A water-borne disease, chytrid fungus attacks the keratin in the skin around the animal’s feet and under the mouth. The theory is that this effects the iron balance in the body, which has neurological effects. Infected frogs become lethargic and unable to eat but probably die

There is currently no treatment or effective infection control for the fungus in the wild.

In conclusion, the balance of the ecosystem is fragile in such a way that any slight change/introduction of an animal population may cause irreversible damage to a habitat.

The ability of humans to manipulate nature is a disadvantage but it is also a great asset. Therefore, each and everyone of us can make a difference by changing our perception of the world and that we are not living alone on this one and only Blue Planet called Earth.

Dictionary:
Niche – the position or function of an organism in a community of plants and animals.

 

Disclaimer: All pictures copyright to their respective owner(s). jurongfrogfarm.com.sg does not claim ownership of any of the pictures displayed on this site unless stated otherwise. jurongfrogfarm.com.sg does not knowingly intend or attempt to offend or violate any copyright or intellectual property rights of any entity. Some images used on jurongfrogfarm.com.sg are taken from the web and believed to be in the public domain. The pictures are provided for educational purposes only.

If any images posted here are in violation of copyright law, please contact us (events@jurongfrogfarm.com.sg) and we will gladly remove the offending images immediately upon receipt of valid proof of copyright infringement.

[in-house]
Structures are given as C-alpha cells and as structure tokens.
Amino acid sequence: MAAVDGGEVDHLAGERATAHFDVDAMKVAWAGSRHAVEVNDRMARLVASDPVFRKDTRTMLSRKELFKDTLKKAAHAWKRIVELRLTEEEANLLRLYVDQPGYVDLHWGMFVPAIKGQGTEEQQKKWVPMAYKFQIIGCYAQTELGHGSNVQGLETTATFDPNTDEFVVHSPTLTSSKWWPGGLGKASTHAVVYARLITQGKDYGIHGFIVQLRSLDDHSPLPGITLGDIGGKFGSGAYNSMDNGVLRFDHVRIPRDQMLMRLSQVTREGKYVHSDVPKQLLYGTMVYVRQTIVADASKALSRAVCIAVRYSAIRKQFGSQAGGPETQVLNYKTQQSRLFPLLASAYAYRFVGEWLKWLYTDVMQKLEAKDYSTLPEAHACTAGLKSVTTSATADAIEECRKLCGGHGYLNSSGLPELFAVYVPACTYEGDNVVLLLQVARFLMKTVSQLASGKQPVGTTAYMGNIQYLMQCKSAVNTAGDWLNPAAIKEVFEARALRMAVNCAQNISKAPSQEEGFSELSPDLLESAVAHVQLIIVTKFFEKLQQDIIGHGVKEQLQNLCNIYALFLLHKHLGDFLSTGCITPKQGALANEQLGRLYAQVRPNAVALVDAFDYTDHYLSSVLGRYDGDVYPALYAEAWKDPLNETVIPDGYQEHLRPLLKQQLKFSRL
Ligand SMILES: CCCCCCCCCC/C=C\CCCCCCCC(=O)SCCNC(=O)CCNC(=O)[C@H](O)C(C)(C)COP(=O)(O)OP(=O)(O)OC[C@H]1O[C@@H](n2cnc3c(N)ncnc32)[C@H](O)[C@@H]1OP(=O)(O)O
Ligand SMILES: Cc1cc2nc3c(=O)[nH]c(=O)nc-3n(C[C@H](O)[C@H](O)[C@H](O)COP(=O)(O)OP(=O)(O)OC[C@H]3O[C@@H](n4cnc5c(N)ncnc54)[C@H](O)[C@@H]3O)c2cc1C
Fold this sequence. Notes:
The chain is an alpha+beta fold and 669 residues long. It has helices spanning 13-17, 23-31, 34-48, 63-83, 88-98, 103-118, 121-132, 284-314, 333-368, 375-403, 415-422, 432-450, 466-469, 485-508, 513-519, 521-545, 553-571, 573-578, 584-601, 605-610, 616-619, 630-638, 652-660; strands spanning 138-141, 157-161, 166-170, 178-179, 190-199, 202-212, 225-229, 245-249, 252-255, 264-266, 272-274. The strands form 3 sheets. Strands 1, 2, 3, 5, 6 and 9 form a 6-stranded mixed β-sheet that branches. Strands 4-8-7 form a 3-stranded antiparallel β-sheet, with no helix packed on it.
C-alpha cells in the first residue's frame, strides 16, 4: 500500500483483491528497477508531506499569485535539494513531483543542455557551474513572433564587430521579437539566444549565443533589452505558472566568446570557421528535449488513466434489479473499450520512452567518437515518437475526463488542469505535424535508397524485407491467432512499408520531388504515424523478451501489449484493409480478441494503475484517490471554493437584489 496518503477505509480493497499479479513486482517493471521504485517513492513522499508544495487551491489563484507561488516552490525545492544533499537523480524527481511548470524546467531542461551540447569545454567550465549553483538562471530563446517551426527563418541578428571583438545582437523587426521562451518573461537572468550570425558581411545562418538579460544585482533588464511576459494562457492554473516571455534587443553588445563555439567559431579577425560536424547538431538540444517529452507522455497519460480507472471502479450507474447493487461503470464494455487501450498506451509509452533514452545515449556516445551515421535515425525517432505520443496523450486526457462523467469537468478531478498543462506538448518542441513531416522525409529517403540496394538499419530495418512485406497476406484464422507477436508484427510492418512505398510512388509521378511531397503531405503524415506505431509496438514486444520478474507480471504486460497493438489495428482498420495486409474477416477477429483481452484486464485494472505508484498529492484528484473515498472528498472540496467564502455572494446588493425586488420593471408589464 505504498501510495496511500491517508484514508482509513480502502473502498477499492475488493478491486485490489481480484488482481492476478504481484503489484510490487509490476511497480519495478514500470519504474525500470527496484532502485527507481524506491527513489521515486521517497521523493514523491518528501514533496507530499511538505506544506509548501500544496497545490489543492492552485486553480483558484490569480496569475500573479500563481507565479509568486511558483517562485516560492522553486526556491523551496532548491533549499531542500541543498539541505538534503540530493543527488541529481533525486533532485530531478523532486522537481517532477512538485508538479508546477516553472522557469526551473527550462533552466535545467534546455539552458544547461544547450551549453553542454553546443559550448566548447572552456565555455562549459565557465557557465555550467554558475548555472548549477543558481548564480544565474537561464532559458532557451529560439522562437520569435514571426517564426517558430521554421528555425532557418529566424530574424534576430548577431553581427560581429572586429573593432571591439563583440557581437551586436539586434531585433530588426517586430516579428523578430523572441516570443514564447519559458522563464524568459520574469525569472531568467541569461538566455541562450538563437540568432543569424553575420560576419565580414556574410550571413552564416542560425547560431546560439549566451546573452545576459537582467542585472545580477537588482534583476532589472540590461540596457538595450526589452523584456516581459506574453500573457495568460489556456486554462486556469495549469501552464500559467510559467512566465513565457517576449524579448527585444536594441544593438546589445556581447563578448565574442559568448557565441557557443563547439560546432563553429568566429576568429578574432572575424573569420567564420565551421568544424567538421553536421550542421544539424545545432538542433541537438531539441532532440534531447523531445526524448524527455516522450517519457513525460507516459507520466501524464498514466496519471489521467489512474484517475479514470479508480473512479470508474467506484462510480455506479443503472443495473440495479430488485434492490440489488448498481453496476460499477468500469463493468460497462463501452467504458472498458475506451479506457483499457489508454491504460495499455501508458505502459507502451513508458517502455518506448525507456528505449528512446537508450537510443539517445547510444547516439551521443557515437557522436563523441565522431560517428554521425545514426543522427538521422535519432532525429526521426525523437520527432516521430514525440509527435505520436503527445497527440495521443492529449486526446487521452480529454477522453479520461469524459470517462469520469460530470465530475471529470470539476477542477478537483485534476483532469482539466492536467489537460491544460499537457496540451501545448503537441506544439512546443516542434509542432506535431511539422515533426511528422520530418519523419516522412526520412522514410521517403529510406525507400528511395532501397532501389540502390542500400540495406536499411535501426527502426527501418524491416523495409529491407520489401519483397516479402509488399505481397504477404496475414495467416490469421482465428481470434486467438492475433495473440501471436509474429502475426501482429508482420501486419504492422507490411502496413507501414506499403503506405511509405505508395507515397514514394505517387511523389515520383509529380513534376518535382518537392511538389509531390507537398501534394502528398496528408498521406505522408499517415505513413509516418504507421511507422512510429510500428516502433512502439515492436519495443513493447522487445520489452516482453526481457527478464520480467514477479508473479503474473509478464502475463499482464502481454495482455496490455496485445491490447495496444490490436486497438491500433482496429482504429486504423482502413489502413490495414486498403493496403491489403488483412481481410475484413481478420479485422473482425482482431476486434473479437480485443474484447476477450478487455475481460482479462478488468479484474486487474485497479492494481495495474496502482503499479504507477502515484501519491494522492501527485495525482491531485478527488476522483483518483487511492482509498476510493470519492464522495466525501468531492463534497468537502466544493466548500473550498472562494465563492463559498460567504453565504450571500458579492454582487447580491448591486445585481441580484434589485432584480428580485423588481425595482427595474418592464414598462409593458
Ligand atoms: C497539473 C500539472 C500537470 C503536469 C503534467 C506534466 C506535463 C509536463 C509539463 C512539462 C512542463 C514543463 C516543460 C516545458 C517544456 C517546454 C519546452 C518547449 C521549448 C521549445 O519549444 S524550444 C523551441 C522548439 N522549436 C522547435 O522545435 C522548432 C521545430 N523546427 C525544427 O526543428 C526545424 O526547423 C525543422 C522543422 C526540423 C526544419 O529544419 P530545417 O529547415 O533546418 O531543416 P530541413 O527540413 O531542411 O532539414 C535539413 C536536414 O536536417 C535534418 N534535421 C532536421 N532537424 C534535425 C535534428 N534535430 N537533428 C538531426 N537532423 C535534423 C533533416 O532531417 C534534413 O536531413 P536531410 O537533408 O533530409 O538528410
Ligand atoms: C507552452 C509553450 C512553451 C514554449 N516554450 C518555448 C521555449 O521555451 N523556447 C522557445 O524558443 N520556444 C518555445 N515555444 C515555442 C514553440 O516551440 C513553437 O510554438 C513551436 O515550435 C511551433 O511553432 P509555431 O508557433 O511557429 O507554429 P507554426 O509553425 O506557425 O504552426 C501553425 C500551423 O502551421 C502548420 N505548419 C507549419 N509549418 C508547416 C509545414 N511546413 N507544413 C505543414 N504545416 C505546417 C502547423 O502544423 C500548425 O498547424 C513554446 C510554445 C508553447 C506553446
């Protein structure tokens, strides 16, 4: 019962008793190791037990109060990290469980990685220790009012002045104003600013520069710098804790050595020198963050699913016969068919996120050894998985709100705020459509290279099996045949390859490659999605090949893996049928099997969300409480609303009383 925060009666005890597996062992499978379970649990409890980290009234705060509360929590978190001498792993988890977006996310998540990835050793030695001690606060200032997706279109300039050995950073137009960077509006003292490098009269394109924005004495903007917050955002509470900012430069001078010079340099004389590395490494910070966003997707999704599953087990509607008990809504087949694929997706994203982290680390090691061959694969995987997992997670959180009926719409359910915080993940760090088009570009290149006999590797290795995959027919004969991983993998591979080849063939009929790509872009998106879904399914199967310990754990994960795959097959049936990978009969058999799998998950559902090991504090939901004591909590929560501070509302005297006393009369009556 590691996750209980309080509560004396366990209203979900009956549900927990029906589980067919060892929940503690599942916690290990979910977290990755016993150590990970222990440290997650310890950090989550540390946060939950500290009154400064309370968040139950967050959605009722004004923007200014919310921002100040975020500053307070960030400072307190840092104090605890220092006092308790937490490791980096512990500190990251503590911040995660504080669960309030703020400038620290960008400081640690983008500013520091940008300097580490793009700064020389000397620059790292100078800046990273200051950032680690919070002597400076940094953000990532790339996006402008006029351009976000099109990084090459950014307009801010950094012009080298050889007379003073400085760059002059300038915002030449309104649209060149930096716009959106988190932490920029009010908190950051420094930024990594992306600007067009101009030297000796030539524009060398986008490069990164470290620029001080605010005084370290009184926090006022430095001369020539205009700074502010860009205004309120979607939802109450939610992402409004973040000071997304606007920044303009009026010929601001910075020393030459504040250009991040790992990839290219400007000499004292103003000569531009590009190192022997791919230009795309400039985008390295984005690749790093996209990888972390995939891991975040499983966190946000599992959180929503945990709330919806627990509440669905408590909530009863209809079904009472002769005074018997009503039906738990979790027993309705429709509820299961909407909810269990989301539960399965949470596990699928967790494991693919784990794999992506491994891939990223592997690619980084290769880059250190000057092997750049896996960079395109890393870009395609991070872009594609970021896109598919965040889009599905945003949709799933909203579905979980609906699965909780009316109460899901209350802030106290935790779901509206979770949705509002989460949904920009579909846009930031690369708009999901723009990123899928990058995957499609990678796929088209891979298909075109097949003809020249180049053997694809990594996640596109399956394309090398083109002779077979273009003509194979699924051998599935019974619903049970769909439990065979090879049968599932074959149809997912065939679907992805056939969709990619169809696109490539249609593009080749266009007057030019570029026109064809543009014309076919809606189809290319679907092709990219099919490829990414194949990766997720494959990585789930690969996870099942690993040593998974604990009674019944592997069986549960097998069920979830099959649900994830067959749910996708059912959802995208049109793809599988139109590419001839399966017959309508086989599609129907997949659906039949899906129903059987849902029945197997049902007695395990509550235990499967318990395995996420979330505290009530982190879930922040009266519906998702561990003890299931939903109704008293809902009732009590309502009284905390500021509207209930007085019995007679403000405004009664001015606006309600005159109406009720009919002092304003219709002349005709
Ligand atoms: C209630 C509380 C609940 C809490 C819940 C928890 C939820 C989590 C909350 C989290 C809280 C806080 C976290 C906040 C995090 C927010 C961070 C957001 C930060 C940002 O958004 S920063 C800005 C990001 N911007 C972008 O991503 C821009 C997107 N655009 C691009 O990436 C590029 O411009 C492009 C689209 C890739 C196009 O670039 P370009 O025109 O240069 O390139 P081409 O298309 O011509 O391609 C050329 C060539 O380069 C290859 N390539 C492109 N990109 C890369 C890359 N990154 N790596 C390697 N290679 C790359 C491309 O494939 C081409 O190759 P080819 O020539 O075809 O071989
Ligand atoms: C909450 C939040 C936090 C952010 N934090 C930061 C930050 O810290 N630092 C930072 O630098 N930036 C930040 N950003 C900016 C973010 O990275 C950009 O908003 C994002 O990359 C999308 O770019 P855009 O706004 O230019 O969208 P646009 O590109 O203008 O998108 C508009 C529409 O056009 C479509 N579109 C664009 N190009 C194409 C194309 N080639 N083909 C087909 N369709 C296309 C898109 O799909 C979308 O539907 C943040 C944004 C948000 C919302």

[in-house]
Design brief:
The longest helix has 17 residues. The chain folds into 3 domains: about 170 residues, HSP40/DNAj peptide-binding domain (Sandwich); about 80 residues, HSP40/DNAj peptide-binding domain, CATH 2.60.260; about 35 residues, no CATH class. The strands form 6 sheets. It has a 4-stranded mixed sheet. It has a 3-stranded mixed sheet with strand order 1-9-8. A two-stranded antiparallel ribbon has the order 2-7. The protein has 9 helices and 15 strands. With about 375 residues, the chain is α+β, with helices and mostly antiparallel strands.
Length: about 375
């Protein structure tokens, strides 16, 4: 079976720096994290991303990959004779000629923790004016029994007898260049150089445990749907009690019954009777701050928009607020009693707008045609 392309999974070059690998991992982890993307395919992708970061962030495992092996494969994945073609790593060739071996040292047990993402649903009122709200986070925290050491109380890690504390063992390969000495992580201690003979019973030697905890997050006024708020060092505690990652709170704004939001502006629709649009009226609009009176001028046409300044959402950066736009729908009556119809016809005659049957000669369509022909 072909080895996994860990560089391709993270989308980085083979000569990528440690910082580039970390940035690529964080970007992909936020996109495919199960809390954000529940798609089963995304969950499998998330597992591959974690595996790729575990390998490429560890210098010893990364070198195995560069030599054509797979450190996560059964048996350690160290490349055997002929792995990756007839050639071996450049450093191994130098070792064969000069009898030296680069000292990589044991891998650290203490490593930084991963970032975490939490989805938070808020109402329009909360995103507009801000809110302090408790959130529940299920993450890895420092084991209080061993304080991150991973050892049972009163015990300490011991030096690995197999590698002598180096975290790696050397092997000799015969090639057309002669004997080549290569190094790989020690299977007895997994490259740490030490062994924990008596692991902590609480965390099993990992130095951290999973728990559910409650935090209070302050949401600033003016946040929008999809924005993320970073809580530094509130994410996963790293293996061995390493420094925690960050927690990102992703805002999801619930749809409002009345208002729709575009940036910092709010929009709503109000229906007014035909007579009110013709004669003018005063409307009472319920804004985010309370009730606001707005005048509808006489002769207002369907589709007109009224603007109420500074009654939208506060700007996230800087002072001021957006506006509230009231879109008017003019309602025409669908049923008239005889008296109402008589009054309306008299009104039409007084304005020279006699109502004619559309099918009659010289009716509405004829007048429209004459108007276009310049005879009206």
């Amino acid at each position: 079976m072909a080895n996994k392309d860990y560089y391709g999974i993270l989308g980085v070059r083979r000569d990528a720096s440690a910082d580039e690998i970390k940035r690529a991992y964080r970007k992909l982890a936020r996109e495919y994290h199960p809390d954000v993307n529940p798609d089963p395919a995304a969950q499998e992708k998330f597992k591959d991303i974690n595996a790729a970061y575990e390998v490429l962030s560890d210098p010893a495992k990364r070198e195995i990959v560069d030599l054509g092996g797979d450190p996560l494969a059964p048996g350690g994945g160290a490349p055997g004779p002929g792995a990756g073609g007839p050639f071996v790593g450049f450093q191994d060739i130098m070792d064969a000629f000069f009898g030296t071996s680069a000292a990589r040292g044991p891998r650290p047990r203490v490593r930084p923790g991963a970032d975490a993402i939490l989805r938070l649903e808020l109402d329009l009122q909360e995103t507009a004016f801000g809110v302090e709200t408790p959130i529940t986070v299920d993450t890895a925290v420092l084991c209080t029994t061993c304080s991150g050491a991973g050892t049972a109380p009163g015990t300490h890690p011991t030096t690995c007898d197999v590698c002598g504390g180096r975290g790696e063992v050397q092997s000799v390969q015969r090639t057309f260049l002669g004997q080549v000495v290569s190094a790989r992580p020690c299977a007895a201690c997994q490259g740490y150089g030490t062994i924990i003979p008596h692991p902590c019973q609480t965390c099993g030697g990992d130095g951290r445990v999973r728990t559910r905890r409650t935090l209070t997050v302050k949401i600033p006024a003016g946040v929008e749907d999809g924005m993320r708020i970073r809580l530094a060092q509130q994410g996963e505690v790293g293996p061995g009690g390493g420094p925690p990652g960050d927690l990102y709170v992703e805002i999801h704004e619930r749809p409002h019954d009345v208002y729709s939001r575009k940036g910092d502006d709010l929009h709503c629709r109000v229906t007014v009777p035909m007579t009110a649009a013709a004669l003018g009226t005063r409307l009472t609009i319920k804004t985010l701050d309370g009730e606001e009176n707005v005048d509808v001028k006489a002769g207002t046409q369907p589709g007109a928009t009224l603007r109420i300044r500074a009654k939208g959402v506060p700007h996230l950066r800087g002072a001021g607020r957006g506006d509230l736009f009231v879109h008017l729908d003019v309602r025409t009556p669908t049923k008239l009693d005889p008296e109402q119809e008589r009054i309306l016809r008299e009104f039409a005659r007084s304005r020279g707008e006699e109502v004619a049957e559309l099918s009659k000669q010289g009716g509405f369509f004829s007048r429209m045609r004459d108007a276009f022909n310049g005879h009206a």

Reference:
http://www.theage.com.au/national/ancient-fungus-has-worlds-frogs-in-its-deadly-grip-20130604-2nodj.html
http://www.frog-life-cycle.com/frog-myths.html
http://www.savethefrogs.com/why-frogs/

Fracts #2 – A frog can tell you’re pregnant?

Before the modern development of pregnancy test kits, what is one of the ways that can tell you’re pregnant?

You guessed it…

FROGS!

For 20 years, 1930s to 1950s, Scientists around the world had been using South African Clawed Frogs for research as well as conducting pregnancy test.

Wait a second, how do you use frog to test for a baby?

Once urine sample is collected, it is then injected into the frog’s dorsal lymph sac in the morning and by the end of the day, results can be concluded. A dose of a pregnant woman’s pee will cause a female South African Clawed Frog to lay effs within eight to 12 hours. The test also works on male frogs, which produce sperm in response to the injection.

Why does it work?

It works because a pregnant woman’s urine contains a hormone called human chorionic gonadotropin, or hCG. This is exactly how most modern pregnancy test rely on the detection of hCG using other means like antibodies after 1960s.

In 1930, a scientist based in Cape Town, South Africa, named Lancelot Hogben reported that he could use ox hormones to control ovulation in a local frog species—Xenopus laevis. His discovery was important for two reasons: First, it provided embryologists with a frog that could produce eggs year-round. Second, it provided doctors with a new animal for pregnancy testing. By 1933, doctors were using the “Hogben test” to detect hCG in urine.